Significance and Use
3.1 The goal of this guide is to reduce the incidence and impact of perjured testimony in administrative proceedings and in the criminal, civil and family court systems.
3.2 It is a mathematically established statistical principle that the probability of two independent events both occurring is the algebraic product of the probabilities of either event occurring alone.
3.3 In litigation, the situation frequently arises:
3.3.1 That witnesses from opposite sides offer diametrically contradictory testimony regarding a fact or facts, such that one must almost certainly be lying, and
3.3.2 That witnesses from one side corroborate each other's testimony, such that either both must be telling the truth, or both must be lying.
3.4 Where both witnesses are examined regarding a fact:
3.4.1 By PDD examiners who have personally established that the level of accuracy they are able to achieve meets or exceeds requirements established by the courts of the jurisdiction.
3.4.2 The results when taken together support a strong common inference about the respective deceptiveness of the subjects.
3.4.3 If the minimum accuracy is set at 86 %, the probability that the inference will be wrong is less than 2.00 %. If the minimum accuracy is set at 90 %, the probability that the inference will be wrong is no higher than 1.00 %.
3.5 When more than two witnesses are examined by such examiners about a fact and all results support a common inference about the deceptiveness of the subjects regarding that fact, the probability that the inference will be wrong is even lower, in accordance with the statistical principle.
3.6 The validity of this guide rests on evidence that competent examiners are personally capable of achieving sufficient accuracy.
3.6.1 Determination of examiners' competence must be based not primarily on their training, years of experience, or the number of tests they have conducted, but on their personally demonstrated capability of the participating examiners.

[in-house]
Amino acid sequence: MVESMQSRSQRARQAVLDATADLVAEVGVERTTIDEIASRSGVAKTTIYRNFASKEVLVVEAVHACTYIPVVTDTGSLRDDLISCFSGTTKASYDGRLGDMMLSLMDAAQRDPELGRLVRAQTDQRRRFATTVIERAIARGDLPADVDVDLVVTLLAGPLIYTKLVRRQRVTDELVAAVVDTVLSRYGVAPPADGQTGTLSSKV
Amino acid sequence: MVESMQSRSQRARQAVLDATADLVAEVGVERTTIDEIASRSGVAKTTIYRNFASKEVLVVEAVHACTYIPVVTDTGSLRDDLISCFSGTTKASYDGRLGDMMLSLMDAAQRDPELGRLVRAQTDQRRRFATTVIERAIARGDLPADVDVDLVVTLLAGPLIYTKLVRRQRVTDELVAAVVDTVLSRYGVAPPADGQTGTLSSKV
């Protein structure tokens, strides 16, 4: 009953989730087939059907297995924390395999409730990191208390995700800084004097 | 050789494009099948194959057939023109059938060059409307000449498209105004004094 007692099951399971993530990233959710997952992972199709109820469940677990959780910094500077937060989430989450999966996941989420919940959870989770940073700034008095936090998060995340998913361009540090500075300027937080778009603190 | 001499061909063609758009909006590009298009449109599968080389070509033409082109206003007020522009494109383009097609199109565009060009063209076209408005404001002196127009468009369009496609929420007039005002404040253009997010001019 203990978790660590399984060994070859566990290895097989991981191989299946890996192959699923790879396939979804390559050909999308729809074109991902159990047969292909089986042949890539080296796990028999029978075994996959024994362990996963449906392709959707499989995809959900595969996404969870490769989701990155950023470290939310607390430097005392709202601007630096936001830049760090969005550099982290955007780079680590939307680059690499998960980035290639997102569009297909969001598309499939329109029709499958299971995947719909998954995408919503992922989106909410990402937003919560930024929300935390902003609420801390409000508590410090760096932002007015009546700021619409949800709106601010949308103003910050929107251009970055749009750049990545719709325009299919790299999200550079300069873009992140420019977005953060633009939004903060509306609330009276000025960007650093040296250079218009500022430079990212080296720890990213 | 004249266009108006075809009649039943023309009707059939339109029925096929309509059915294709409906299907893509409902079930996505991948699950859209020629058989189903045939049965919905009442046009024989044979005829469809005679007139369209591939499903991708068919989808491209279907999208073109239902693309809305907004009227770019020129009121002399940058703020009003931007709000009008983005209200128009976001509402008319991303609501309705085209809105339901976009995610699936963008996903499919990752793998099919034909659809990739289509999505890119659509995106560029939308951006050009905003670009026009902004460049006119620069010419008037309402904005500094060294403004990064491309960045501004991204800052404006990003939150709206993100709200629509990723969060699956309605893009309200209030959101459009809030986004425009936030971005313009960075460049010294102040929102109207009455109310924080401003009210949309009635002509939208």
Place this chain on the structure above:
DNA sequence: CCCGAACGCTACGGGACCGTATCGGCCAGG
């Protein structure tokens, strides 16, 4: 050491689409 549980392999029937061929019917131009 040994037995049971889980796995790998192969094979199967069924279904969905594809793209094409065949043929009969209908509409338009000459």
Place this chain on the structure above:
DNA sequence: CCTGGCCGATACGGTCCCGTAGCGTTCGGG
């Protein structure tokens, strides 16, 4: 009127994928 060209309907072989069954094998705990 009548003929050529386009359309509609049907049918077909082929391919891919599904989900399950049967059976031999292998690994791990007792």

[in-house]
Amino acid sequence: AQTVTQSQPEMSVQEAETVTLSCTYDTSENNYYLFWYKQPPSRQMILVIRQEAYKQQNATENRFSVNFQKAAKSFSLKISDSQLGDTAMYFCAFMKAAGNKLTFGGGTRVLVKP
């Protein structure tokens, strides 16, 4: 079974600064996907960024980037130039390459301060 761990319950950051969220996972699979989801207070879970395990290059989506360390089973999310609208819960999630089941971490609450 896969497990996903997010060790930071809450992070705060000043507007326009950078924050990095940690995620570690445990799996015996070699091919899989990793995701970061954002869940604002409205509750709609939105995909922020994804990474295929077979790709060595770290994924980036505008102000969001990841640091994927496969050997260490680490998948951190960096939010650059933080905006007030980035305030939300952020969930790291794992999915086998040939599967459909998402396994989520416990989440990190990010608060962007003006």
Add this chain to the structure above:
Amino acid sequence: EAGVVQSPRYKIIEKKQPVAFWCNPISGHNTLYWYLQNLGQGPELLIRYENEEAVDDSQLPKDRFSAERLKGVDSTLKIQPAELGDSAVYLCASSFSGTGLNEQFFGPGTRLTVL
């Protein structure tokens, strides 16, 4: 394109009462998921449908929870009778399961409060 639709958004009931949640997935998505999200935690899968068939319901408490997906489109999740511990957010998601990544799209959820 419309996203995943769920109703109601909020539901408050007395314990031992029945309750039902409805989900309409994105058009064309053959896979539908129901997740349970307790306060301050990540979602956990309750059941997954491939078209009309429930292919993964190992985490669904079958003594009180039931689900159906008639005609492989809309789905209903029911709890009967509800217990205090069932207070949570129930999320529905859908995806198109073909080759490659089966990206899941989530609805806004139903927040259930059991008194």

3.7 The conditions and procedures outlined in this guide shall be known as the “Marin Protocol,” for the originator.
1.1 This is a guide for the derivation of quantitative assessments of the credibility of proposed witness testimony through the application of established statistical principles to combinations of PDD examination results, and for the utilization of such assessments in the interests of justice (The Marin Protocol).
1.2 This guide describes circumstances in which proven statistical principles, applied to PDD results, can reliably quantify the trustworthiness or untrustworthiness of witness testimony, and
1.2.1 Delineates requirements necessary to effect the generation and practical use of such results, including:
220.127.116.11 Criteria regarding witnesses to be examined,
18.104.22.168 Criteria for determining facts upon which witnesses are to be examined,
22.214.171.124 Certification of examiners eligible to conduct examinations,
126.96.36.199 Combinations of results which support strong inferences, and
188.8.131.52 Appropriate uses to which strong inferences can be put.
1.3 Courts and others responsible for adjudicating questions of fact may choose whether and when to invoke paired PDD testing.
1.3.1 This guide expresses the rights and obligations of all participants in order to best serve the interests of justice when it is invoked.
1.3.2 Paired PDD testing must not be invoked in any case in any jurisdiction where to do so would violate the laws of that jurisdiction.
1.3.3 Adherence to these guidelines ensures that the conclusions reached will be valid.
1.4 This guide is directed to the proposed testimony of witnesses in criminal, civil, administrative and family court litigation, regarding factual claims, where
1.4.1 It is unlikely that the witnesses could be honestly mistaken, and
1.4.2 The facts in dispute are such that the case may hinge on whom the trier of fact believes; whenever,
1.4.3 Witnesses on opposite sides of a case offer contradictory testimony.
1.4.4 Two or more witnesses testifying for one side offer mutually corroborating testimony.
1.5 This international standard was developed in accordance with internationally recognized principles on standardization established in the Decision on Principles for the Development of International Standards, Guides and Recommendations issued by the World Trade Organization Technical Barriers to Trade (TBT) Committee.